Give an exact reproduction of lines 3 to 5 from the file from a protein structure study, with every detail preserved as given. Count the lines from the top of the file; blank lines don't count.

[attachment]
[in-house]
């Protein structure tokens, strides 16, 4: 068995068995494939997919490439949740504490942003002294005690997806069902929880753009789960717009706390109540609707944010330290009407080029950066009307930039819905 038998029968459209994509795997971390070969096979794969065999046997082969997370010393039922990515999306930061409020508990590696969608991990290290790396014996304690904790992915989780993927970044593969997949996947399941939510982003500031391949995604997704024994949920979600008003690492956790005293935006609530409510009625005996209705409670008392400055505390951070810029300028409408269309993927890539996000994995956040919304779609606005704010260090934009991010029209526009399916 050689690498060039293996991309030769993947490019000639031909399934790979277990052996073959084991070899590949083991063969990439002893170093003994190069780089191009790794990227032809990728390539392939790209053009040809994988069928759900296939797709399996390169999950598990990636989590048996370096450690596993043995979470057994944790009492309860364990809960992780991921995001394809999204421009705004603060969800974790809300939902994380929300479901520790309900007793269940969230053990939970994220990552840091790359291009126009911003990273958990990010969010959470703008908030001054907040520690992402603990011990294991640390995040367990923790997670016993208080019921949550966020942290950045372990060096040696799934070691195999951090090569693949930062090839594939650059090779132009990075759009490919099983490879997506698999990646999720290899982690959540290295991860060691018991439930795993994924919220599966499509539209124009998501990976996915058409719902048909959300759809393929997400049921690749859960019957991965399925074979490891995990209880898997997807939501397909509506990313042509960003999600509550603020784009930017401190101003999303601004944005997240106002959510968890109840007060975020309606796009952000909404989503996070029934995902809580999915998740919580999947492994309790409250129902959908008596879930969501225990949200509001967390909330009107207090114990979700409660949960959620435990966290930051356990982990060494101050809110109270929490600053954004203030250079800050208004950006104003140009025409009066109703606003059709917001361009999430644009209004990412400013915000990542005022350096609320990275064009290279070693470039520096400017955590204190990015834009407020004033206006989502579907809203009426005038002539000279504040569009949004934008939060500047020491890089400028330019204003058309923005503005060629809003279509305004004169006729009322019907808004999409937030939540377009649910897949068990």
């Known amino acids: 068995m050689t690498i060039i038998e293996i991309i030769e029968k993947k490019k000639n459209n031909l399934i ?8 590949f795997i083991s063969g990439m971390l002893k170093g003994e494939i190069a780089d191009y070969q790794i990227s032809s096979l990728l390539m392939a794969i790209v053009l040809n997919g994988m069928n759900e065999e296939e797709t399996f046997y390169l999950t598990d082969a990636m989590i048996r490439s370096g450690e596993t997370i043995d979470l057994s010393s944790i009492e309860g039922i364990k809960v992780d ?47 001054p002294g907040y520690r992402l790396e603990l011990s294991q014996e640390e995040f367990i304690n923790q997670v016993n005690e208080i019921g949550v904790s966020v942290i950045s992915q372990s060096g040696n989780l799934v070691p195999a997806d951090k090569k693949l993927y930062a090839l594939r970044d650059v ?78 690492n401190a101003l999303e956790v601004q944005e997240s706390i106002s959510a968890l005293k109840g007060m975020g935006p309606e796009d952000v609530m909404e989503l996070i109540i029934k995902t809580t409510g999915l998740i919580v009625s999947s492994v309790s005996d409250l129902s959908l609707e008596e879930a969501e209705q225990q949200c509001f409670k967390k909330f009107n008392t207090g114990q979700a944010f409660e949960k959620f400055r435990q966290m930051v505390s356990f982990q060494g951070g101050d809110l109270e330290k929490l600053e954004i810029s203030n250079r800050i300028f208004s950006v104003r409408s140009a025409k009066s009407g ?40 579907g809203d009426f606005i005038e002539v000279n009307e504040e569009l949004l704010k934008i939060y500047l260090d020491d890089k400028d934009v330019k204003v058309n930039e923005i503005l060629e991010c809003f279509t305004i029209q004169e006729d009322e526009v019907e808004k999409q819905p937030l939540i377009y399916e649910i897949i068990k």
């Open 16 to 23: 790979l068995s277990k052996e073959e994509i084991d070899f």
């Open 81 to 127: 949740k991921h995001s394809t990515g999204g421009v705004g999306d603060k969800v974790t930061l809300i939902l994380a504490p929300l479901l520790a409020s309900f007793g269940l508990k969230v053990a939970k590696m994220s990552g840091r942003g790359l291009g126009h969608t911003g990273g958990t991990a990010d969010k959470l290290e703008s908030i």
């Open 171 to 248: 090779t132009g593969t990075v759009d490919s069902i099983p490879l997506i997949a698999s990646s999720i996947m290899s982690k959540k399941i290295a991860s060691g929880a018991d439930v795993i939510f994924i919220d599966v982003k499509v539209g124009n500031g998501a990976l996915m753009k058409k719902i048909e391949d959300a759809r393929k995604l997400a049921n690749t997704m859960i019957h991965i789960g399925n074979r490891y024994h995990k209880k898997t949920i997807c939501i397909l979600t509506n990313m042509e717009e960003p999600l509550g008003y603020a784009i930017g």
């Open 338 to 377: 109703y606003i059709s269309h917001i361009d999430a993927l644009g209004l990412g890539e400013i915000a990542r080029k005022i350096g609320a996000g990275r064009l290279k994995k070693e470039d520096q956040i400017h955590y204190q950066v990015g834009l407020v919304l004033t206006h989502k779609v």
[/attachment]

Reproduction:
């Known amino acids: 068995m050689t690498i060039i038998e293996i991309i030769e029968k993947k490019k000639n459209n031909l399934i ?8 590949f795997i083991s063969g990439m971390l002893k170093g003994e494939i190069a780089d191009y070969q790794i990227s032809s096979l990728l390539m392939a794969i790209v053009l040809n997919g994988m069928n759900e065999e296939e797709t399996f046997y390169l999950t598990d082969a990636m989590i048996r490439s370096g450690e596993t997370i043995d979470l057994s010393s944790i009492e309860g039922i364990k809960v992780d ?47 001054p002294g907040y520690r992402l790396e603990l011990s294991q014996e640390e995040f367990i304690n923790q997670v016993n005690e208080i019921g949550v904790s966020v942290i950045s992915q372990s060096g040696n989780l799934v070691p195999a997806d951090k090569k693949l993927y930062a090839l594939r970044d650059v ?78 690492n401190a101003l999303e956790v601004q944005e997240s706390i106002s959510a968890l005293k109840g007060m975020g935006p309606e796009d952000v609530m909404e989503l996070i109540i029934k995902t809580t409510g999915l998740i919580v009625s999947s492994v309790s005996d409250l129902s959908l609707e008596e879930a969501e209705q225990q949200c509001f409670k967390k909330f009107n008392t207090g114990q979700a944010f409660e949960k959620f400055r435990q966290m930051v505390s356990f982990q060494g951070g101050d809110l109270e330290k929490l600053e954004i810029s203030n250079r800050i300028f208004s950006v104003r409408s140009a025409k009066s009407g ?40 579907g809203d009426f606005i005038e002539v000279n009307e504040e569009l949004l704010k934008i939060y500047l260090d020491d890089k400028d934009v330019k204003v058309n930039e923005i503005l060629e991010c809003f279509t305004i029209q004169e006729d009322e526009v019907e808004k999409q819905p937030l939540i377009y399916e649910i897949i068990k």
């Open 16 to 23: 790979l068995s277990k052996e073959e994509i084991d070899f």
């Open 81 to 127: 949740k991921h995001s394809t990515g999204g421009v705004g999306d603060k969800v974790t930061l809300i939902l994380a504490p929300l479901l520790a409020s309900f007793g269940l508990k969230v053990a939970k590696m994220s990552g840091r942003g790359l291009g126009h969608t911003g990273g958990t991990a990010d969010k959470l290290e703008s908030i």